It is increasingly clear that to prevent plastic pollution will require a dedicated global framework, a Convention on Plastic Pollution, that addresses the full lifecycle of plastics from production and design to waste prevention and management. We need a Convention on Plastic Pollution that builds upon and complements existing national and regional initiatives while otherwise addressing the significant gaps that exist that currently prevent us from eliminating plastic pollution and creating a safe circular economy for plastics.
We have developed what we call a ‘Thought Starter’ on the elements and design of a Convention to start the policy debate. The issue of whether to initiate formal negotiations will be on the table at UNEA-5. You can read our Thought Starter and watch an online presentation to the Ad Hoc Open-Ended Expert Group on Marine Litter and Microplastics.
We are not alone in our call for a Convention on Plastic Pollution. Countries from around the world are joining in with several high-level ministerial declarations, including from the Nordic, Caribbean and African regions. Over the coming year, we will continue to make the case for global action, engaging countries from around the world to identify their needs and priorities and encourage their leadership and support.
Regional champions will be a critical component of securing the global Convention on plastic pollution. In partnership with the Centre for International Environmental Law (CIEL) and Massey University, EIA are working in South Pacific and African Regions to foster support for a new Convention and identify needs and expectations of what a global convention could deliver for their respective regions. To serve this objective, we have developed a briefing entitled “Islands of Opportunity: Toward a Global agreement for Pacific Islands countries and Territories” which makes the case for how and why Pacific Islanders are disproportionately affected by plastic pollution, and how a global Convention is the only tangible remedy.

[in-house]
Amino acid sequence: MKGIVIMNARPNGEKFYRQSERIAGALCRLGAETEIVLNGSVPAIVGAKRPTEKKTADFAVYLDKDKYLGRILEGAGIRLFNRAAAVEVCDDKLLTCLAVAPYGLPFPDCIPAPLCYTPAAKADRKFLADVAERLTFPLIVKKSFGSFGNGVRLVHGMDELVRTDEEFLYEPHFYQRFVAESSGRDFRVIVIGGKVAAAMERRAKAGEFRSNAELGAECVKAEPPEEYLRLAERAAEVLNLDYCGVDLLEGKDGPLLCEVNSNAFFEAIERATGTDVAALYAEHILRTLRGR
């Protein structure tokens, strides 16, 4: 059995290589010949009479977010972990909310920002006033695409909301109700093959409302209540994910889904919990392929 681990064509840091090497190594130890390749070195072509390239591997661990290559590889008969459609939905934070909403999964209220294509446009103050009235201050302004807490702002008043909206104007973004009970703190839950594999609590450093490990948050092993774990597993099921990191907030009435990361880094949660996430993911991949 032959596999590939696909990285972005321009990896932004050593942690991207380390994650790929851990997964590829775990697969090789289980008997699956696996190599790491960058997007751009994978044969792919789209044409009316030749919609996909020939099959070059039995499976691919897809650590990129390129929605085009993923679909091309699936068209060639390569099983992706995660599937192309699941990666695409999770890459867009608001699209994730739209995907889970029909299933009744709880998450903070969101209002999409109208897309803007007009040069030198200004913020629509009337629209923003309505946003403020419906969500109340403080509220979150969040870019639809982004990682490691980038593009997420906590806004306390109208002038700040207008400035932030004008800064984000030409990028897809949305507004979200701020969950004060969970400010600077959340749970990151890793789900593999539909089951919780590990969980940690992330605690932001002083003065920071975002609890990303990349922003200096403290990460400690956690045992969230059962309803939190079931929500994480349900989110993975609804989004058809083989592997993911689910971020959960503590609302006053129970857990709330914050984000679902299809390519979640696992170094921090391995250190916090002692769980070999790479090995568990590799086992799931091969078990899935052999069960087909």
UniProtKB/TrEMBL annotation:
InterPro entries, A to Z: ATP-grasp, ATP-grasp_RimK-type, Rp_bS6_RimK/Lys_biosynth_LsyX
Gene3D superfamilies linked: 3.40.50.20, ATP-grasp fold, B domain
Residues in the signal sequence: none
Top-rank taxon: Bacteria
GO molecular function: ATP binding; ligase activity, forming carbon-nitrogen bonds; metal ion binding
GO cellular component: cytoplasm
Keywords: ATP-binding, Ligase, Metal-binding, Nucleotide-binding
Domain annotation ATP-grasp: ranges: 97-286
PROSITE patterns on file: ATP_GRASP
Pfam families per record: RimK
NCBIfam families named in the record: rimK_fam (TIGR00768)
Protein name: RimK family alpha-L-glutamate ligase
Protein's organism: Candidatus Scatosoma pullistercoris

To further elucidate how a global agreement could be of benefit to the Pacific, EIA partnered with researchers from Massey University’s Political Ecology Research Centre (PERC) to identify the current limitations in national plastic pollution policy for preventing plastic pollution. The report – termed a ‘policy gap analysis’ – also explores the potential to implement best practice for the reduction of plastic pollution and the promotion of a safe circular plastics economy. It takes the first fundamental steps towards analysing the gaps in the region and making concrete recommendations for how these challenges can be overcome through strategic and ambitious policymaking.
Still have questions? In our FAQ you can find our position on the most commonly asked questions about our international plastics work.